August 1, 2019
Kalyan Banerjee speaks on The Insolvency and Bankruptcy Code (Amendment) Bill, 2019
Madam, this Insolvency and Bankruptcy Code, which has enacted in May 2016, is a critical link in a chain steps initiated in 1991 to transition India to a market economy. Insolvency Code is related to the credit system of the country and the Bill has, appropriately, given an expansive interpretation of all the clauses. I agree with this that it is a new code in a financial policy. It needs some research from time to time because whenever the situation arises, changes need to be made. Some deficiencies were there which are now sought to be removed, deficiencies resulting in Essar Steel getting a big benefit because of the interpretation of the Supreme Court. Now that the Amendments have been brought, no such unwarranted benefit will go to any company.
This amendment is meant to create a behavioural change, particularly among promoters. Continued ownership is no longer guaranteed. The secured creditors having claims of Rs 45,559 crore has dragged way past the 270-day deadline as stakeholders through legal challenges. Now naturally this amendment comes into effect, the judgement will be diluted. After the introduction of the Insolvency and Bankruptcy Code and the starting of the NCLAT, I believe, monies have been recovered. And now the recovery process is speeding up under the court committee of creditors, invested with the primary responsibility of financial restructuring, and since the financial creditors are in the business of money-lending, banks and FIs are best equipped to assess viability and feasibility of the business of the corporate debtor.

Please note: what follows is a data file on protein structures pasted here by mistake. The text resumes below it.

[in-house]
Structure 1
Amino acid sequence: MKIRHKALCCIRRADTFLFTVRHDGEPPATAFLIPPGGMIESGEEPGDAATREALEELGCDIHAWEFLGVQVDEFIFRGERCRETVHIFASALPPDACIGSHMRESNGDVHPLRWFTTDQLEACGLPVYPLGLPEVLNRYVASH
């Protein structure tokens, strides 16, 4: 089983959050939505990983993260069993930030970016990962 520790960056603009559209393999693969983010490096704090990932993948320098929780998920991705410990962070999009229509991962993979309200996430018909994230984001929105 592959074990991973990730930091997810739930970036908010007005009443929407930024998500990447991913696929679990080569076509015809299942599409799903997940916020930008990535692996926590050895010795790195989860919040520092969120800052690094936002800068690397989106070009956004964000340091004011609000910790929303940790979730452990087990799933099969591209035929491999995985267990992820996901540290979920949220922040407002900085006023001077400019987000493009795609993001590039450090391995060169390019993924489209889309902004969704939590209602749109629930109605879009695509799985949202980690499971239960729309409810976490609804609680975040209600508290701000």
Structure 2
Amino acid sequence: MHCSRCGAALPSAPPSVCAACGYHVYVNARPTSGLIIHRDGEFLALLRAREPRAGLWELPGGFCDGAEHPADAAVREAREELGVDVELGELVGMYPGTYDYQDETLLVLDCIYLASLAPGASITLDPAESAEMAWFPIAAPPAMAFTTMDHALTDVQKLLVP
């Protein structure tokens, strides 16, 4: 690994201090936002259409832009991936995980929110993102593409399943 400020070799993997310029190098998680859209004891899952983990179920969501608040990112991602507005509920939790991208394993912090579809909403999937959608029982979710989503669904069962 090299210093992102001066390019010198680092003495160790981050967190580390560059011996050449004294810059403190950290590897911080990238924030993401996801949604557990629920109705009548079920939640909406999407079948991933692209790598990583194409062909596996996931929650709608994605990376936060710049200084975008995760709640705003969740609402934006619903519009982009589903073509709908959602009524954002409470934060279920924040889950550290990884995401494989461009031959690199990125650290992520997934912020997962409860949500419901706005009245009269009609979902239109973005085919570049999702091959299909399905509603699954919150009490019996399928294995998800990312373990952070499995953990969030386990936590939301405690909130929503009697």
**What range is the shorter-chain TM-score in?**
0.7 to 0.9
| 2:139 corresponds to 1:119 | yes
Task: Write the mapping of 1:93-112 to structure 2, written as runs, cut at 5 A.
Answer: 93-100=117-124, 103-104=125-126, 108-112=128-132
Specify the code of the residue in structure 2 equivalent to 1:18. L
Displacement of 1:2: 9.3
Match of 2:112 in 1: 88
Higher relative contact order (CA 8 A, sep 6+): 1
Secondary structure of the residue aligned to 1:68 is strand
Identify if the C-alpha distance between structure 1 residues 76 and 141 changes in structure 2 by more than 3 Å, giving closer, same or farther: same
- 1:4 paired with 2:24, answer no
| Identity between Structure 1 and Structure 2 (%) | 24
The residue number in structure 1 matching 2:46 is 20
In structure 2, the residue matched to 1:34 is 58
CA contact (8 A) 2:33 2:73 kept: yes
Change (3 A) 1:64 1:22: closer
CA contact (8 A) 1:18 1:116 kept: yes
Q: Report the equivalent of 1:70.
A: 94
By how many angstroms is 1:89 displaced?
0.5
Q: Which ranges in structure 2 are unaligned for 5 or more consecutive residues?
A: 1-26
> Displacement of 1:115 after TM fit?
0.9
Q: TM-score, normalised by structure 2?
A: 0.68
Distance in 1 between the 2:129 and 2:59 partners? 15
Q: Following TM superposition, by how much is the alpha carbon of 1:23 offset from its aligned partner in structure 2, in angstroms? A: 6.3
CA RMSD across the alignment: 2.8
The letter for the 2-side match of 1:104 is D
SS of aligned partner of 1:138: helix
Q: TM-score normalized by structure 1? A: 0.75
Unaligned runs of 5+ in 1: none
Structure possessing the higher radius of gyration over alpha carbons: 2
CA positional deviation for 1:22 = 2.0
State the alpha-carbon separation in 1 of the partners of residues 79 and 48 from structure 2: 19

The Bill was brought to recover money from the corporate sector. Now, by reason of Clause 7, we are extending it to the Central Government, State Governments as well as the local authorities. Every government, be it Centra, State or local, is taking loans, but those are not for their personal gains. So extending the Act to the government sector will cause great difficulty to them, especially the local authorities. This does not come within the realm of the corporate at all.
Madam, you have referred to the Swiss grievance case in your opening remarks. In that case, whose judgment was delivered on January 25, 2019, the learned Attorney General of India made a statement before the Honourable Supreme Court, that the judgement in the Madras Associations Case, delivered possibly in 2016, will be followed and circuit benches will be established. Therefore the Supreme Court of India directed that steps should be taken for setting up circuit benches of NCLAT within a period of six months. However aix months have lapsed but the NCLAT circuit benches have not been created. Therefore, I will request the Finance Minister, through you, Madam, that the setting up of the NCLAT circuit benches be done as quickly as possible.
I will tell you, Madam, in this respect, that once I had called up the Finance Minister, who was then in charge of the Corporate Affairs Ministry, to reconsider the appointment of a member of a tribunal against whom there were many allegations. She had listened to me, made enquiries and took effective steps. Therefore, I am requesting you to kindly set up the NCLAT circuit benches and consider the deletion of Clause 7. This is very important. Otherwise the Bill is, without any doubt, is a good one. In the future, whenever any eventualities come, we can come up with other Amendments.